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Five Bad Reasons To Rebrand A Business

Word is that, in the wake of sexual assault allegations against Harvey Weinstein, The Weinstein Company is looking to escape its PR disaster with a rebrand. According to Adweek and other trades, the company is quietly reaching out to agencies to discuss a possible assignment, with some accounts saying it wants to change its identity “within 48 hours.”

It seems unlikely that any business would try to rebrand in two days (and the rumors have been floating for at least that long), but no brand image expert could blame Weinstein senior management for wanting to distance the company from the name. Although the Board was smart to terminate Weinstein quickly and condemn his behavior, a rebrand probably won’t accomplish their goals until the crisis is over, and there are signs that more shoes will drop.

A rebranding can be part of a smart strategy for moving past a reputation crisis. The low-cost airline Valujet became AirTran after a fatal crash that was found to be the result of negligence. Who would want to fly Valujet after such a disaster? After Lance Armstrong admitted to years of doping, his foundation attempted to move forward under the Livestrong name, with mixed results. Even the former Kentucky Fried Chicken seemed to take on a slightly more health-oriented image after it slimmed down to become KFC.

But a rebrand isn’t a magic bullet, especially if nothing else has changed for the company involved. And The Weinstein Company’s rush to rebrand in the wake of scandal offers an opportunity to visit each of the circumstances that don’t really stand alone as a rationale to change one’s visual or brand identity. Here are some of the top reasons not to rebrand.

To distract from internal problems.

Internal problems are, by definition, inside an organization, so a rebranding to move past institutionalized behavior is like a band-aid on a bullet wound. No rebranding can rebuild a reputation if the would isn’t disinfected and treated. In the case of The Weinstein Company, Harvey Weinstein’s termination may not be enough in the face of signs of systemic tolerance of sexual harassment by its cofounder.

To generate publicity about the business.

If the issue is an absence of news, there are far better and more long-lived ways to generate positive visibility for a company. Only in the cases of extremely large, multinational organizations is a rebranding big news, and in many cases there’s a risk of backlash. Occasionally marketing or communications executives cook up a rebranding because they want to signal a new direction, or even to distract from sluggish business indicators, but it’s nearly always a bad idea.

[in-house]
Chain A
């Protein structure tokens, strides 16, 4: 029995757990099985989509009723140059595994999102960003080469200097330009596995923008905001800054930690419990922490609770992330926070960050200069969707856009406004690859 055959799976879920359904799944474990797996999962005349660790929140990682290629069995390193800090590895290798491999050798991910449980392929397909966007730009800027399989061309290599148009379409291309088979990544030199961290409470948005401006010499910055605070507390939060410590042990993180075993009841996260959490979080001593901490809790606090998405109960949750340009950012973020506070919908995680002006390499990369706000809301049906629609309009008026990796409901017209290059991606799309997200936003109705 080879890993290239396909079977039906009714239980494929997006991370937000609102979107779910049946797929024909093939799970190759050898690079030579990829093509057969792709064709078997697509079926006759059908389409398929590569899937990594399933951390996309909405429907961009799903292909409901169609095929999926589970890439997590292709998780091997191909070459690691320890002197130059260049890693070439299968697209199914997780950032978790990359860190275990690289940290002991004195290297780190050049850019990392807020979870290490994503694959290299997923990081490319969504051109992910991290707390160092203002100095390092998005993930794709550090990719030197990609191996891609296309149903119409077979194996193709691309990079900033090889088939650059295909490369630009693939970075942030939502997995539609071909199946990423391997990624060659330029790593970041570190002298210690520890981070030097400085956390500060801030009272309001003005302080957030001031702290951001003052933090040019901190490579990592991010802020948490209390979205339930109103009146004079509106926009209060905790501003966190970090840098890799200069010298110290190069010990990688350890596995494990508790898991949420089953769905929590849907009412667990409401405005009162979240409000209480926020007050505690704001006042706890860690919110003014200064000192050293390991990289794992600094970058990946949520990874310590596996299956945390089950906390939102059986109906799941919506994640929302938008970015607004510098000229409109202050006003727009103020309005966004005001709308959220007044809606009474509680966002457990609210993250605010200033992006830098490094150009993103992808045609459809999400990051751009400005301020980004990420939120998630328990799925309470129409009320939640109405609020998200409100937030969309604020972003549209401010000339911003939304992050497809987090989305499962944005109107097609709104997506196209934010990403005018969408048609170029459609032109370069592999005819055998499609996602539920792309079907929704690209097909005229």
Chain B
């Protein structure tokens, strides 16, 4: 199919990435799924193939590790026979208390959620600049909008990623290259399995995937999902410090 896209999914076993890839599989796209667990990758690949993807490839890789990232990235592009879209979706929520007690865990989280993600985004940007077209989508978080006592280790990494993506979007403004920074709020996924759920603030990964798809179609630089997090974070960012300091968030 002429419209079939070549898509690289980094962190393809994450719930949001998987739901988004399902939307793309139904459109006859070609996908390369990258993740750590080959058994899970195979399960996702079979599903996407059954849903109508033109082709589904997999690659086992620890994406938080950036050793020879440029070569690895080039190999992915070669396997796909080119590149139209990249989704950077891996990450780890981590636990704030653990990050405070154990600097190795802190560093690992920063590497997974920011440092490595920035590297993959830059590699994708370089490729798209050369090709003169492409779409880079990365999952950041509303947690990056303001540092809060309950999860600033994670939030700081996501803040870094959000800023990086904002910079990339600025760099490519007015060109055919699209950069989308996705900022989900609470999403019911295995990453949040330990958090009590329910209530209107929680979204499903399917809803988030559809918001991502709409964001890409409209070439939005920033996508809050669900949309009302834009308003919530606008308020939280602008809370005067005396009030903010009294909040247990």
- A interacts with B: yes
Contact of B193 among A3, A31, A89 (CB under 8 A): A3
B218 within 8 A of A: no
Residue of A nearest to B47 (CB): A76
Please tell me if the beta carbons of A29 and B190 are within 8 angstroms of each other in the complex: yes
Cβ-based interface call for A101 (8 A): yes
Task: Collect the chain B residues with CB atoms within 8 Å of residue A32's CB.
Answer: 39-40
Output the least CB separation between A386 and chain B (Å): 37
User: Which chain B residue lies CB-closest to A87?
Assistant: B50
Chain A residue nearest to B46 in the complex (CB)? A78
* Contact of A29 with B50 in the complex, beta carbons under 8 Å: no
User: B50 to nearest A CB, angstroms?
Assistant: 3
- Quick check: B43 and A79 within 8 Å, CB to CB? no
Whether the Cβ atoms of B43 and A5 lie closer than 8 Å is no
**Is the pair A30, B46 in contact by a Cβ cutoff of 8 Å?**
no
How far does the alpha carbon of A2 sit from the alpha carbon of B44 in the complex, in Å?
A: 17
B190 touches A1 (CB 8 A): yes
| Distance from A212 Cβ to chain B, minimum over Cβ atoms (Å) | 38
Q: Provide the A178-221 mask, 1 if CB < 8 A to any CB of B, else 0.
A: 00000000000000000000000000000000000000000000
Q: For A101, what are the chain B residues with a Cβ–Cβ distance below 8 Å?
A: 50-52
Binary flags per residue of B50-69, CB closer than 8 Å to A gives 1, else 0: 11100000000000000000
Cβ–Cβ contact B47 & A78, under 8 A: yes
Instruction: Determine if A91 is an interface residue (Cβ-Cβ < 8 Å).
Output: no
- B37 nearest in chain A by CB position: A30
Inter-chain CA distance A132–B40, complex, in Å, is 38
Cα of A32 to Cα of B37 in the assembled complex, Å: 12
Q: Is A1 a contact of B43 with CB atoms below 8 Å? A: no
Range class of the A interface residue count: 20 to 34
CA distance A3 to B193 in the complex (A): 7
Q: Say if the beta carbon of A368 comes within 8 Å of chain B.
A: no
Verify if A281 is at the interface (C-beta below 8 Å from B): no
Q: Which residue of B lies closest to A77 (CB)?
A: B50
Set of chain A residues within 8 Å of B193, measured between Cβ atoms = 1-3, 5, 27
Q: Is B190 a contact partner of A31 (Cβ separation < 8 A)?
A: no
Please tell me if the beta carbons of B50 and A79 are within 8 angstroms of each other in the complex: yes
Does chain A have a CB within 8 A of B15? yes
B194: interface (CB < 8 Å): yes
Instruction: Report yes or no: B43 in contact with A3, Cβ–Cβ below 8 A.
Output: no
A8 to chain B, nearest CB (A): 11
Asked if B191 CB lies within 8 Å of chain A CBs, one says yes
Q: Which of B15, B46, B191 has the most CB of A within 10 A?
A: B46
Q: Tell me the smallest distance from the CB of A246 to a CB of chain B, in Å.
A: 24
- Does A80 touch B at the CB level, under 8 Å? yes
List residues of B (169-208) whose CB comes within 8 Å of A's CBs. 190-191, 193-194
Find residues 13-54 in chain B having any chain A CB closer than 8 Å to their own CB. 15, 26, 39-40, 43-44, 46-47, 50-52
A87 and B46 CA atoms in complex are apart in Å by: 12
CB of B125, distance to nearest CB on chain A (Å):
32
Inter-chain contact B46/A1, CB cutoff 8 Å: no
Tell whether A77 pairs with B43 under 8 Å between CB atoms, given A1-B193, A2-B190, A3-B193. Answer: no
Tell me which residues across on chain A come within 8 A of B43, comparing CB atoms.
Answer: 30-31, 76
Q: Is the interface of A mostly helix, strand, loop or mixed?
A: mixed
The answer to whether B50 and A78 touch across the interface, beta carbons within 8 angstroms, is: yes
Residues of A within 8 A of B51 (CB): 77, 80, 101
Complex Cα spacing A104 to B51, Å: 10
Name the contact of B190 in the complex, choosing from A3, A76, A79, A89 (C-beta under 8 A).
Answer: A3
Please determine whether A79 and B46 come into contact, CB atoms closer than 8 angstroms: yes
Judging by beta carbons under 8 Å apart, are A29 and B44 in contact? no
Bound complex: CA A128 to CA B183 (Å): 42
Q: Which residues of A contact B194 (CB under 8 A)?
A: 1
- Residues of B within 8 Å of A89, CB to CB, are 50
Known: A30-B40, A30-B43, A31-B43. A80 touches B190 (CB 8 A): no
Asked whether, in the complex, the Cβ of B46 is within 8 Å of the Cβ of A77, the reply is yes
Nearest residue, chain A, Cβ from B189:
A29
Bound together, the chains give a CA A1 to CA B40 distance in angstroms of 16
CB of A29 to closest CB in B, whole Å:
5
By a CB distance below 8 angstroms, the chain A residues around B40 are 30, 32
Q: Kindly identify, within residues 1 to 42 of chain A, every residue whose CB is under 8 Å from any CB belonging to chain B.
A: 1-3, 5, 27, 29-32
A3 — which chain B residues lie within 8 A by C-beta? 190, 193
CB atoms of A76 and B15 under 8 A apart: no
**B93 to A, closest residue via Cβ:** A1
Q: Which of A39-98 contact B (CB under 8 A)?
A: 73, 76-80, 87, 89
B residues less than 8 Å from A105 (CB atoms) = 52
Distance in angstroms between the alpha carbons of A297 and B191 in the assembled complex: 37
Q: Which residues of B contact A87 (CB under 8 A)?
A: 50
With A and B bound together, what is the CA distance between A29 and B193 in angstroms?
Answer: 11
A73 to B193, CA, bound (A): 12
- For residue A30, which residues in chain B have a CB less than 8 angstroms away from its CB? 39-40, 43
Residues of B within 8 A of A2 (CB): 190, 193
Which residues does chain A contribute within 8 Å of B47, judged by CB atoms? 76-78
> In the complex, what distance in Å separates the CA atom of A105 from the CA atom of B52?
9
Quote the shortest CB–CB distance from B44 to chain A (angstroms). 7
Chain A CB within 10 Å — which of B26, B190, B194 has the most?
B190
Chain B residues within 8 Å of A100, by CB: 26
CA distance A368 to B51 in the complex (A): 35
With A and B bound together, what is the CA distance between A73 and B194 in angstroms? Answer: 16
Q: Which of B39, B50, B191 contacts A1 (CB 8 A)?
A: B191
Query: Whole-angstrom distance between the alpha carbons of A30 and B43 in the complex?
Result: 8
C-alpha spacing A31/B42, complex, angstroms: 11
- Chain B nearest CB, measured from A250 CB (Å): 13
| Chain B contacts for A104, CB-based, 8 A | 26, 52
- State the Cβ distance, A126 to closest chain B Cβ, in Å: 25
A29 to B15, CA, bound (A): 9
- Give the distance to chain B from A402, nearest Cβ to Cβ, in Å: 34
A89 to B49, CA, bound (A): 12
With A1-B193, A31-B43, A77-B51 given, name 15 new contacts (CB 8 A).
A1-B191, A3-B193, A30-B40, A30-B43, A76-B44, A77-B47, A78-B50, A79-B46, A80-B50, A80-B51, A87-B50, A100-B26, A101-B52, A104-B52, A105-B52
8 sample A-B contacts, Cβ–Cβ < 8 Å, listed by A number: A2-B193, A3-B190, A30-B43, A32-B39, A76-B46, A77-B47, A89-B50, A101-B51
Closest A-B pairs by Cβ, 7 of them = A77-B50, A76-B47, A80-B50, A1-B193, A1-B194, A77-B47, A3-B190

To signal new management.

Sometimes a new CMO will call for a rebrand in order to make his mark, or the arrival of a CEO from outside the company induces thoughts of a new identity. But if the Weinstein lesson tells us anything, it’s about not letting an individual dominate the brand’s identity, or even its strategic direction. The most effective rebrandings are rooted in a company’s business goals and the brand’s relationship with its key audiences, including customers, stakeholders, partners, and employees. If the new arrival doesn’t change the company’s mission, strategic direction, or value proposition, there’s no compelling need to rebrand.

Because everyone’s doing it.

Competitive pressures or even category changes can make senior management think a rebranding is in order, but, again, a vague sense that the brand could be left behind isn’t necessarily enough to warrant a full-scale restage.  In the case of a rapidly evolving industry, a new brand identity should symbolize how the business is actually meeting changes and challenges, instead of being a statement on industry status or a shallow marker that it’s up with the times.

To hasten the end of a reputation crisis.

The worst thing a company can do is rebrand during a crisis situation. An identity change can certainly work to help signal a fresh direction after a period of reputation damage, but only if the business has legitimately turned the corner on its problems. A sudden rebrand to hasten the resolution of a crisis, at best, won’t take, but it’s also likely to be seen as an attempt to run away from negative publicity or pressure.

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